It was a short matter of making the tent once I returned. Throughout, we held our silence so as to keep the seer sleeping well. D- raked the coals and burnt incense over it, waving with a broad leaf several gusts of it’s smoke into the tent. They let the blankets fall close, and gestured us to come walk away. We did, curiosity and eagerness rising within all.

Once we were out of earshot it was D- who spoke first. “Something is amiss,” they said, hands on their hips. Ch- snorted.

“Did you learn that all on your own? The clouds have been eating up the earth! What else is new? Tell us about the seer!”

D- shot her a dangerous look. “Something is wrong with her. She is a seer- one bred between two clans- but she is not all right. The clouds have done something to her.”

“Wh-wh-what?” I blurted, gripping at my trident. What could they have done? Wasn’t she alive and well?

D- shook their head. “I do not know. Something is wrong with her. She is affected by it in some way. The way she will not move, the way we found her on the path following the white cloud- wouldn’t you be afraid of it if you were attacked by it? Why would you chase after what you fear most? And she did not exactly seem happy to meet us either.”

“She is in shock,” Ch- said sharply. “I do not think we can guess at more.”

“She has seen,” D- said firmly.

“She is a seer,” Ch- answered nastily. “I certainly hope she saw something.”

“Enough!” D- snapped harshly. “Leave her alone! For now she must rest. Tomorrow I shall try again to make her speak.”

“And we stay here?” Ch- barked. “We are on a mission, we have no time to spare!”

“We have lives to spare,” D- hissed. “and we must care for this one.” Turning, they made to stomp away but paused. Instead they gave us each curt instructions to stand in a triangle around the tent in watch, one sleeping beside the tent in order to rest.

“Attack of the White Clouds”; Chapter Four, Part One

Ch- stayed behind, chattering with the others. “Wasn’t that easy?”

“Only for you,” H- grumbled.

“She can talk now! Now all we have to do is understand what she says-”

“It’s about the same as before, it’s just that now you are listening,” D- said sweetly, like a knife no one saw. Ch- silenced suddenly. The plodding sound of their feet caught up with me. H- and D- came to stride at my sides as if protecting me while Ch- sulked beside H-, then lagged behind. She no longer seemed bursting full of ability.

When we reached the forest’s edge she turned her back to me and began looking away in her own directions. This track of the cloud was large, a wide chasm of nothing that had been torn up from the earth. Bedrock had been bared, and torn apart sections of roots jutted up from its crevices like arms searching for their loved ones.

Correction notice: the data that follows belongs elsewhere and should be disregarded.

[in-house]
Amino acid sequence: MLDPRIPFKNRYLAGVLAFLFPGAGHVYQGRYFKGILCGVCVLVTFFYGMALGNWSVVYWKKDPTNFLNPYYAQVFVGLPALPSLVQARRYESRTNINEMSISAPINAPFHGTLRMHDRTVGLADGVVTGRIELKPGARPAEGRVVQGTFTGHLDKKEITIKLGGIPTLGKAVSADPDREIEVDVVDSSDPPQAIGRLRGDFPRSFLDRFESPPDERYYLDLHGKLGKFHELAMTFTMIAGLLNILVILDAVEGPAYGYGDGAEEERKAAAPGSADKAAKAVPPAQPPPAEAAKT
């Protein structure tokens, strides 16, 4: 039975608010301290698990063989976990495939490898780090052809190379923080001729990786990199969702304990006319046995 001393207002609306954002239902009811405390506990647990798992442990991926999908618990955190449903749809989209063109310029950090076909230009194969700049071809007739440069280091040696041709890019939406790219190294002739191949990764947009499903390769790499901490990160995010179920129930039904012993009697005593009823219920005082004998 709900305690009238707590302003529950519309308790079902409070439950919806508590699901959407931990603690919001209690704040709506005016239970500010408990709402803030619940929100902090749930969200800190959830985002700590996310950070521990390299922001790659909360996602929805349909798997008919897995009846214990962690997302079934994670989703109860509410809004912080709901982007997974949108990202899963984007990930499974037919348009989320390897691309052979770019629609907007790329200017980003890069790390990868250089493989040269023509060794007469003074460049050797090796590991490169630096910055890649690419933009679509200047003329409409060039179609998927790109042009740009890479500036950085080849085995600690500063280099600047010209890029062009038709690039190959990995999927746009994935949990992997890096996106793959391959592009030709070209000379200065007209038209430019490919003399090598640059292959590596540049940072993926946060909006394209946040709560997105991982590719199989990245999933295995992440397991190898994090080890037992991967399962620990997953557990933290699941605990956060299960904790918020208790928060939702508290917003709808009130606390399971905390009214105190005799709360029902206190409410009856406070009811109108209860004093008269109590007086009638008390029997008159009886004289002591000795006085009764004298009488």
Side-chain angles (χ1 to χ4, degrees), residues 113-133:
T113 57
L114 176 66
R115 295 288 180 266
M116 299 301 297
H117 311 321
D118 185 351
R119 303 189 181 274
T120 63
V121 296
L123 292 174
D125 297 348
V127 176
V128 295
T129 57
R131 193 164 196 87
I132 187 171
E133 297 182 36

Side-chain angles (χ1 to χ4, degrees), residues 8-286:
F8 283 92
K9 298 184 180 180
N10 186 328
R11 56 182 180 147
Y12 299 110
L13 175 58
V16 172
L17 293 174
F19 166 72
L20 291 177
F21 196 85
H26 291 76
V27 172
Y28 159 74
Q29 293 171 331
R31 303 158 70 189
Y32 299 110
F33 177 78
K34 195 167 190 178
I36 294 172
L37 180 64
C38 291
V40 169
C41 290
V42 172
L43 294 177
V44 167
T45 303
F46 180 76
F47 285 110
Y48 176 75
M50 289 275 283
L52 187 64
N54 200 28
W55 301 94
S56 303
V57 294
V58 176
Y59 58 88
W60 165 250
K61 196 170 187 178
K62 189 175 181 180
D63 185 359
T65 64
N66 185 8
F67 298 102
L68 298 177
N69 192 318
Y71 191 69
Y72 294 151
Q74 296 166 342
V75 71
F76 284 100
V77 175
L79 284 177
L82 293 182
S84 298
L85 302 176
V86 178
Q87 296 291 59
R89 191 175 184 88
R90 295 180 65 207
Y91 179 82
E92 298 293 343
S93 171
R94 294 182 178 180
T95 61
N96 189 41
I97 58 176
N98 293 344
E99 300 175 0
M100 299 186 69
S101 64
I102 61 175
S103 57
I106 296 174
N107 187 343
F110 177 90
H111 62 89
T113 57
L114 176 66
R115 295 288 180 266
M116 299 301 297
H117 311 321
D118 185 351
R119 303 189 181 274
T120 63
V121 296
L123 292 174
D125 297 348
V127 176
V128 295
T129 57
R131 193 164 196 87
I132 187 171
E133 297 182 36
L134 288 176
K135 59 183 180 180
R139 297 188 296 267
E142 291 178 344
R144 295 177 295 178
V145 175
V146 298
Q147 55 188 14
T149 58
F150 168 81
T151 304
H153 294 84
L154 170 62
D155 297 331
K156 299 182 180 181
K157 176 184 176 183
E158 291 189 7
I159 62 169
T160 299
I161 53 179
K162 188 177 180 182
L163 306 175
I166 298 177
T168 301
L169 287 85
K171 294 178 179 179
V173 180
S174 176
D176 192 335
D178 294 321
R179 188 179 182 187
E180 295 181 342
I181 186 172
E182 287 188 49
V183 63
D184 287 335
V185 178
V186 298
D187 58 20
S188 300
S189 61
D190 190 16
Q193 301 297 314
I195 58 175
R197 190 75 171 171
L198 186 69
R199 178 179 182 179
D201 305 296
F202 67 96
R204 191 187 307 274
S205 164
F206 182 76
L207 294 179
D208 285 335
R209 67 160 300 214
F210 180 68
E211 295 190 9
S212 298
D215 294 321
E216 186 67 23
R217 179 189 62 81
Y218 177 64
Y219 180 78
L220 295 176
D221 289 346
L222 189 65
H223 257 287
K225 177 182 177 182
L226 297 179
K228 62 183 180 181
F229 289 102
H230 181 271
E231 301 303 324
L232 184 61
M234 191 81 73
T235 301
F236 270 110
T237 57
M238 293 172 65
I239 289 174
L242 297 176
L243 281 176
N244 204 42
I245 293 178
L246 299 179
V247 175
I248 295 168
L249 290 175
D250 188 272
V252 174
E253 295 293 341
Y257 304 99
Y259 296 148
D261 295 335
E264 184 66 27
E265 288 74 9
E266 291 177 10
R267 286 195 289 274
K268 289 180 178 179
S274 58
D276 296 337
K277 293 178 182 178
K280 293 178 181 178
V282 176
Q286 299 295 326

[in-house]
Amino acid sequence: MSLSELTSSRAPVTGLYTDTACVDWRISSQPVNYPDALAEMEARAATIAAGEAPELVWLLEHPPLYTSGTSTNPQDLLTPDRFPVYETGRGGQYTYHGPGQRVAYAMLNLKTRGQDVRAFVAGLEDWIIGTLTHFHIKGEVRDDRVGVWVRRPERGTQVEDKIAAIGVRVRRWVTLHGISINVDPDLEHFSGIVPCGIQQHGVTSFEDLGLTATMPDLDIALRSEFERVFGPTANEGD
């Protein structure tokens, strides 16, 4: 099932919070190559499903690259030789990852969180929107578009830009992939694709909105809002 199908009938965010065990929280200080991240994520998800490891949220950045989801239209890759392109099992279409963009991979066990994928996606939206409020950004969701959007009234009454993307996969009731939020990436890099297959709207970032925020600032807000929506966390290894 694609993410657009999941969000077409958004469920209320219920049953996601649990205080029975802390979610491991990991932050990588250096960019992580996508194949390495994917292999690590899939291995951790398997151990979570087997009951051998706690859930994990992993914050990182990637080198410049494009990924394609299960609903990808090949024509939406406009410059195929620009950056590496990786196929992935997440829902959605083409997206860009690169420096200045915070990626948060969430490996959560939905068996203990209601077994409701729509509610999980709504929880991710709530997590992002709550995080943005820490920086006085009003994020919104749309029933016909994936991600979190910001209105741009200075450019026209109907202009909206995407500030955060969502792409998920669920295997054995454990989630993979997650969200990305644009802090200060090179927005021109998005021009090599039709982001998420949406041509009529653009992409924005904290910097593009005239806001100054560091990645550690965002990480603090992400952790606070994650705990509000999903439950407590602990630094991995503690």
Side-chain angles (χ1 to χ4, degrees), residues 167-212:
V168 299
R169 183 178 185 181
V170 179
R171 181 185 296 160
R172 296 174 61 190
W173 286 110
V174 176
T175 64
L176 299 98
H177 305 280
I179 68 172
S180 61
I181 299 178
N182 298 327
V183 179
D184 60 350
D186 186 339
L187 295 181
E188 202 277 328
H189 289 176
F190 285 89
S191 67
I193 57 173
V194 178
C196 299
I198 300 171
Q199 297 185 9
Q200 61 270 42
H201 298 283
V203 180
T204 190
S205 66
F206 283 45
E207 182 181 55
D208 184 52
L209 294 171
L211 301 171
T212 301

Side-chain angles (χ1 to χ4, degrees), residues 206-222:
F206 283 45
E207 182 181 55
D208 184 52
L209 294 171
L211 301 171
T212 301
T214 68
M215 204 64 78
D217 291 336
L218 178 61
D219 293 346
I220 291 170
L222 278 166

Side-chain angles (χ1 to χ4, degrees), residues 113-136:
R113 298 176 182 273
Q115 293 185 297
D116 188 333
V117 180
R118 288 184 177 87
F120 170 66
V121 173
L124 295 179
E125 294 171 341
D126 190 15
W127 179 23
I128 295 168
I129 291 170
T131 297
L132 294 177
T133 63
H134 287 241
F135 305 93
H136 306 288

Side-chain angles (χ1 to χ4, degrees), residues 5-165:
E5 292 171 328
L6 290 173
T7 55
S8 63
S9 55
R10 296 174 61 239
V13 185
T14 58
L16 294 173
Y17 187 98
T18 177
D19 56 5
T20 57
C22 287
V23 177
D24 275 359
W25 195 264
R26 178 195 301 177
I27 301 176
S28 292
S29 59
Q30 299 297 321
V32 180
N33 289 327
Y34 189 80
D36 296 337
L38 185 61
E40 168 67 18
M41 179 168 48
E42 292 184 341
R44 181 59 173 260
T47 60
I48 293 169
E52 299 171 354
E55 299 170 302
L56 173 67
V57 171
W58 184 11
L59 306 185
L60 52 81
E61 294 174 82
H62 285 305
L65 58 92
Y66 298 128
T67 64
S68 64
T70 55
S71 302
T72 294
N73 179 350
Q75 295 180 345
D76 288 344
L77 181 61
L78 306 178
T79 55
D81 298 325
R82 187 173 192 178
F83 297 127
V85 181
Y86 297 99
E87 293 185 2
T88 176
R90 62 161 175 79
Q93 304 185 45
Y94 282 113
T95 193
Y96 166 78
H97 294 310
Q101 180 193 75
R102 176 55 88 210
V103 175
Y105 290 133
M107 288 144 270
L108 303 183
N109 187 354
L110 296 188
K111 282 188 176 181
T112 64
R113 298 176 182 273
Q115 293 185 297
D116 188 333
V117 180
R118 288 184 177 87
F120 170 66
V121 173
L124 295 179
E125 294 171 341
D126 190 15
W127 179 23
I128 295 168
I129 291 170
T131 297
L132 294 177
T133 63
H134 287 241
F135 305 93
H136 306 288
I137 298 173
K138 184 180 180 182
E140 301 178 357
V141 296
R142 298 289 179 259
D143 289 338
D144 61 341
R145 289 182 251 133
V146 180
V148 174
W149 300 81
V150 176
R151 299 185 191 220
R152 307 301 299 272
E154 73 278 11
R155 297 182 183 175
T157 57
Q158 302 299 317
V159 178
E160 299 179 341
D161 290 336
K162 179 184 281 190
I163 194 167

The damage we stood in was thirty feet wide, the edges cut and jagged like they’d been sawed with a dull knife. There, sometimes several feet deep, the topsoil could be seen from the side. Roots had been shorn clean. Stones had been cut in half. Up above, the canopy had similarly been sliced away. Not even a twig extended beyond the edge of the carnage. Not one splinter littered the ground we now stood in.

It was an aching emptiness. A void unlike any of us had ever seen.

“What can we hope to find here?” H- murmured. “There is nothing.”

Exactly, I thought to myself, crouching to scour the earth. These cuttings, this sharpness- it was the work of those sharp sand-like particles that had blasted us when we braved its attack. And yet- hadn’t it been pushing, not drawing up?

I straightened, the question suddenly strange. If it had blown its attack, where did everything go to? As I looked around, it seemed strange. All this work- it was the work of cutting, of a vicious blade plunging forth- then how had it drank everything up? How had it taken away even the dust of the earth, even the last splintered twig and torn leaf?

Worse, how could i ask this question to my friends? Hesitantly I turned to Ch-. She was busily ignoring me, her back showing her picking at the cut edge of the earth. Her fingers caressed a stone sheared in half. Gripping my trident and wringing my nervousness into it, I called to her. The guttural sound of her name was difficult but short, so it was manageable.

“Ch-!” and it was out. She turned, eyebrows mocking me in their disinterest. I bit my lip, then waved her over. She came, painfully slow and uncaring. Half-way she made a show of looking at the earth and scuffing her foot as if she’d found something. Then she stepped to me with a nod acknowledging me. “What is it?” she asked bitterly.

I began swiftly gesturing. We, earth, white cloud, it all came in a flurried burst that, by the look on her face, wasn’t making much sense.

“Wait, wait,” and she gestured gently. Slower, she signed, slower.

I bit my lip, jittering. They had to know this! I tried again. Ch- watched my every move fixedly, a gaze she certainly watched her prey with. Still, at the end she was not certain. “Try again,” she murmured. “Your hands are all over. Present? Or past?”